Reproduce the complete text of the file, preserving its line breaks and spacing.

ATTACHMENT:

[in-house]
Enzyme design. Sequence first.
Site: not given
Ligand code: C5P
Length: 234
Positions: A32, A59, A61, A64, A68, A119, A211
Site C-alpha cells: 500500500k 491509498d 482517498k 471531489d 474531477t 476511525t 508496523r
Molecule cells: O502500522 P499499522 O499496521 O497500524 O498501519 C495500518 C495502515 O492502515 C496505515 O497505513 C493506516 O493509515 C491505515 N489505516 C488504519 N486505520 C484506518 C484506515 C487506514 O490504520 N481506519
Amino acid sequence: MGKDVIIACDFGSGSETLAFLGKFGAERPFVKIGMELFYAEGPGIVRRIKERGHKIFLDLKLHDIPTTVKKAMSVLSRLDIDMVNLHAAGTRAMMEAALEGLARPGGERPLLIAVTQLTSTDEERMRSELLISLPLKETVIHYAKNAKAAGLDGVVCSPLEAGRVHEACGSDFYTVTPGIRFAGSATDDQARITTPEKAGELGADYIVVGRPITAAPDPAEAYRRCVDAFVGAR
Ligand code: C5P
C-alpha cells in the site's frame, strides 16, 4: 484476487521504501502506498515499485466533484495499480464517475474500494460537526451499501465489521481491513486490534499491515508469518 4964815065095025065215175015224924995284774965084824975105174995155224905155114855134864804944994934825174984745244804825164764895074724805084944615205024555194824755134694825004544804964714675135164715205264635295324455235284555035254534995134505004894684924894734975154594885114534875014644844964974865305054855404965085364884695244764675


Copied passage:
[in-house]
Enzyme design. Sequence first.
Site: not given
Ligand code: C5P
Length: 234
Positions: A32, A59, A61, A64, A68, A119, A211
Site C-alpha cells: 500500500k 491509498d 482517498k 471531489d 474531477t 476511525t 508496523r
Molecule cells: O502500522 P499499522 O499496521 O497500524 O498501519 C495500518 C495502515 O492502515 C496505515 O497505513 C493506516 O493509515 C491505515 N489505516 C488504519 N486505520 C484506518 C484506515 C487506514 O490504520 N481506519
Amino acid sequence: MGKDVIIACDFGSGSETLAFLGKFGAERPFVKIGMELFYAEGPGIVRRIKERGHKIFLDLKLHDIPTTVKKAMSVLSRLDIDMVNLHAAGTRAMMEAALEGLARPGGERPLLIAVTQLTSTDEERMRSELLISLPLKETVIHYAKNAKAAGLDGVVCSPLEAGRVHEACGSDFYTVTPGIRFAGSATDDQARITTPEKAGELGADYIVVGRPITAAPDPAEAYRRCVDAFVGAR
Ligand code: C5P
C-alpha cells in the site's frame, strides 16, 4: 484476487521504501502506498515499485466533484495499480464517475474500494460537526451499501465489521481491513486490534499491515508469518 4964815065095025065215175015224924995284774965084824975105174995155224905155114855134864804944994934825174984745244804825164764895074724805084944615205024555194824755134694825004544804964714675135164715205264635295324455235284555035254534995134505004894684924894734975154594885114534875014644844964974865305054855404965085364884695244764675